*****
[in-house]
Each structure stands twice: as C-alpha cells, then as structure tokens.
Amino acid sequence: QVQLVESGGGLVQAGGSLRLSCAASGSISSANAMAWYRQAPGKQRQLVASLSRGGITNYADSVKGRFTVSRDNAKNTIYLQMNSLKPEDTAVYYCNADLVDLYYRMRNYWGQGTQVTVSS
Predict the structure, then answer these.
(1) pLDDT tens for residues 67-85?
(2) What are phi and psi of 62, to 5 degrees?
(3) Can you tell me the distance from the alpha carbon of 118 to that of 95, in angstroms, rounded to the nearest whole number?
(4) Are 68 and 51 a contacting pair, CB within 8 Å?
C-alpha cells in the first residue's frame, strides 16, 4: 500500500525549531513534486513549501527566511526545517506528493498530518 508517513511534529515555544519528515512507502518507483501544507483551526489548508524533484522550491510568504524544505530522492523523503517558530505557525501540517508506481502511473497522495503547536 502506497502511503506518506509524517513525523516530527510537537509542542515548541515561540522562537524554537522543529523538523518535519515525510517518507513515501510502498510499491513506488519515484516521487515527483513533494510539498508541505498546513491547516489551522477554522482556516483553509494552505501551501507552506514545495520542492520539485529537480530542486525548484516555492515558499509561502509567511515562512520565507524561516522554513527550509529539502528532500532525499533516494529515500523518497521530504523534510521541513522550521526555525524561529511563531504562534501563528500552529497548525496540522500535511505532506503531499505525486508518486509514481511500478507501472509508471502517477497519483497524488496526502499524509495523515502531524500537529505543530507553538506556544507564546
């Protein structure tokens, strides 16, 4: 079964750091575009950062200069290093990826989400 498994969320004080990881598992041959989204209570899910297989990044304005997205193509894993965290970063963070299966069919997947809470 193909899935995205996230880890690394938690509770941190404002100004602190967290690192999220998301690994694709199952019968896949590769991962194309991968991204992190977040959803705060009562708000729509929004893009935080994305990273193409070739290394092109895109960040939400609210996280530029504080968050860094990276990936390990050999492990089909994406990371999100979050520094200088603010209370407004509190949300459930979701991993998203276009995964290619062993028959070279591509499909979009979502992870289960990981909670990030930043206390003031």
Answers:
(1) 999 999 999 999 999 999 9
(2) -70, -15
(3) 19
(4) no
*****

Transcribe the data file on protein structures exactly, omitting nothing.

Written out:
[in-house]
Each structure stands twice: as C-alpha cells, then as structure tokens.
Amino acid sequence: QVQLVESGGGLVQAGGSLRLSCAASGSISSANAMAWYRQAPGKQRQLVASLSRGGITNYADSVKGRFTVSRDNAKNTIYLQMNSLKPEDTAVYYCNADLVDLYYRMRNYWGQGTQVTVSS
Predict the structure, then answer these.
(1) pLDDT tens for residues 67-85?
(2) What are phi and psi of 62, to 5 degrees?
(3) Can you tell me the distance from the alpha carbon of 118 to that of 95, in angstroms, rounded to the nearest whole number?
(4) Are 68 and 51 a contacting pair, CB within 8 Å?
C-alpha cells in the first residue's frame, strides 16, 4: 500500500525549531513534486513549501527566511526545517506528493498530518 508517513511534529515555544519528515512507502518507483501544507483551526489548508524533484522550491510568504524544505530522492523523503517558530505557525501540517508506481502511473497522495503547536 502506497502511503506518506509524517513525523516530527510537537509542542515548541515561540522562537524554537522543529523538523518535519515525510517518507513515501510502498510499491513506488519515484516521487515527483513533494510539498508541505498546513491547516489551522477554522482556516483553509494552505501551501507552506514545495520542492520539485529537480530542486525548484516555492515558499509561502509567511515562512520565507524561516522554513527550509529539502528532500532525499533516494529515500523518497521530504523534510521541513522550521526555525524561529511563531504562534501563528500552529497548525496540522500535511505532506503531499505525486508518486509514481511500478507501472509508471502517477497519483497524488496526502499524509495523515502531524500537529505543530507553538506556544507564546
């Protein structure tokens, strides 16, 4: 079964750091575009950062200069290093990826989400 498994969320004080990881598992041959989204209570899910297989990044304005997205193509894993965290970063963070299966069919997947809470 193909899935995205996230880890690394938690509770941190404002100004602190967290690192999220998301690994694709199952019968896949590769991962194309991968991204992190977040959803705060009562708000729509929004893009935080994305990273193409070739290394092109895109960040939400609210996280530029504080968050860094990276990936390990050999492990089909994406990371999100979050520094200088603010209370407004509190949300459930979701991993998203276009995964290619062993028959070279591509499909979009979502992870289960990981909670990030930043206390003031």
Answers:
(1) 999 999 999 999 999 999 9
(2) -70, -15
(3) 19
(4) no